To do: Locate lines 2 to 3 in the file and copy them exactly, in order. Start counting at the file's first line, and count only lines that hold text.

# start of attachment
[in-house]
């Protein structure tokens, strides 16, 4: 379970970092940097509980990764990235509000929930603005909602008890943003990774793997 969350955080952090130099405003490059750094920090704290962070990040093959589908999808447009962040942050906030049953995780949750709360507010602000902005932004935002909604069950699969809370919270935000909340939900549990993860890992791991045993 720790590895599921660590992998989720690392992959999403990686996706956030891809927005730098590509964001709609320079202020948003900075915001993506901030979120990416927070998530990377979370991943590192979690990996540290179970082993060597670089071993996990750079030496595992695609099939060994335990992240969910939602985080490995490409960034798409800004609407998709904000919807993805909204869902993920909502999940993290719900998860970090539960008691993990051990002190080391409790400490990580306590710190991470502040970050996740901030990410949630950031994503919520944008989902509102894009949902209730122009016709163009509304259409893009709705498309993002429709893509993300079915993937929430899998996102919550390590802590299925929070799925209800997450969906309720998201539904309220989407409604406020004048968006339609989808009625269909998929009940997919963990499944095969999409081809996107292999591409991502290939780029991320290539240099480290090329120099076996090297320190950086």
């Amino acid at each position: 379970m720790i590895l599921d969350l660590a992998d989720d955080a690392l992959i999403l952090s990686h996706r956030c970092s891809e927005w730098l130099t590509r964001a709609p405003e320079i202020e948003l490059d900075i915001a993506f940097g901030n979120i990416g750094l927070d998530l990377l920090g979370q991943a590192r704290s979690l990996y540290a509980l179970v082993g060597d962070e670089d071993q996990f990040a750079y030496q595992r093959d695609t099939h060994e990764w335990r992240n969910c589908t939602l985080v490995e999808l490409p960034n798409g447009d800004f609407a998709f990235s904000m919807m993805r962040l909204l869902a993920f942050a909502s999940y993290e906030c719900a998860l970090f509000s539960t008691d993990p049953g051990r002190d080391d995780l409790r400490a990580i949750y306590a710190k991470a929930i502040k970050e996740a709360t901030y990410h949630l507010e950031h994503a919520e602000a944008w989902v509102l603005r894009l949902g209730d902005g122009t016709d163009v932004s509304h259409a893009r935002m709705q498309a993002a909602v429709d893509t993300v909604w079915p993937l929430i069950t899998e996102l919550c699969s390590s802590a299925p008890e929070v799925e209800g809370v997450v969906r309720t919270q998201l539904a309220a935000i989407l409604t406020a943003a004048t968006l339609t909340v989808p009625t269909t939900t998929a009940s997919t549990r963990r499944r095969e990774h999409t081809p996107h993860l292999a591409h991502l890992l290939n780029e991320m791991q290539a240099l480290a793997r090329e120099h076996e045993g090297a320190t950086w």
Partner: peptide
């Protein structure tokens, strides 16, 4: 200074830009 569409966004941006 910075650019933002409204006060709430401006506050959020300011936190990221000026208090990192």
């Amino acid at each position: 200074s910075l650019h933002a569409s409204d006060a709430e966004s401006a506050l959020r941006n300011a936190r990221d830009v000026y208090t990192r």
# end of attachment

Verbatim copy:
């Protein structure tokens, strides 16, 4: 379970970092940097509980990764990235509000929930603005909602008890943003990774793997 969350955080952090130099405003490059750094920090704290962070990040093959589908999808447009962040942050906030049953995780949750709360507010602000902005932004935002909604069950699969809370919270935000909340939900549990993860890992791991045993 720790590895599921660590992998989720690392992959999403990686996706956030891809927005730098590509964001709609320079202020948003900075915001993506901030979120990416927070998530990377979370991943590192979690990996540290179970082993060597670089071993996990750079030496595992695609099939060994335990992240969910939602985080490995490409960034798409800004609407998709904000919807993805909204869902993920909502999940993290719900998860970090539960008691993990051990002190080391409790400490990580306590710190991470502040970050996740901030990410949630950031994503919520944008989902509102894009949902209730122009016709163009509304259409893009709705498309993002429709893509993300079915993937929430899998996102919550390590802590299925929070799925209800997450969906309720998201539904309220989407409604406020004048968006339609989808009625269909998929009940997919963990499944095969999409081809996107292999591409991502290939780029991320290539240099480290090329120099076996090297320190950086």
């Amino acid at each position: 379970m720790i590895l599921d969350l660590a992998d989720d955080a690392l992959i999403l952090s990686h996706r956030c970092s891809e927005w730098l130099t590509r964001a709609p405003e320079i202020e948003l490059d900075i915001a993506f940097g901030n979120i990416g750094l927070d998530l990377l920090g979370q991943a590192r704290s979690l990996y540290a509980l179970v082993g060597d962070e670089d071993q996990f990040a750079y030496q595992r093959d695609t099939h060994e990764w335990r992240n969910c589908t939602l985080v490995e999808l490409p960034n798409g447009d800004f609407a998709f990235s904000m919807m993805r962040l909204l869902a993920f942050a909502s999940y993290e906030c719900a998860l970090f509000s539960t008691d993990p049953g051990r002190d080391d995780l409790r400490a990580i949750y306590a710190k991470a929930i502040k970050e996740a709360t901030y990410h949630l507010e950031h994503a919520e602000a944008w989902v509102l603005r894009l949902g209730d902005g122009t016709d163009v932004s509304h259409a893009r935002m709705q498309a993002a909602v429709d893509t993300v909604w079915p993937l929430i069950t899998e996102l919550c699969s390590s802590a299925p008890e929070v799925e209800g809370v997450v969906r309720t919270q998201l539904a309220a935000i989407l409604t406020a943003a004048t968006l339609t909340v989808p009625t269909t939900t998929a009940s997919t549990r963990r499944r095969e990774h999409t081809p996107h993860l292999a591409h991502l890992l290939n780029e991320m791991q290539a240099l480290a793997r090329e120099h076996e045993g090297a320190t950086w």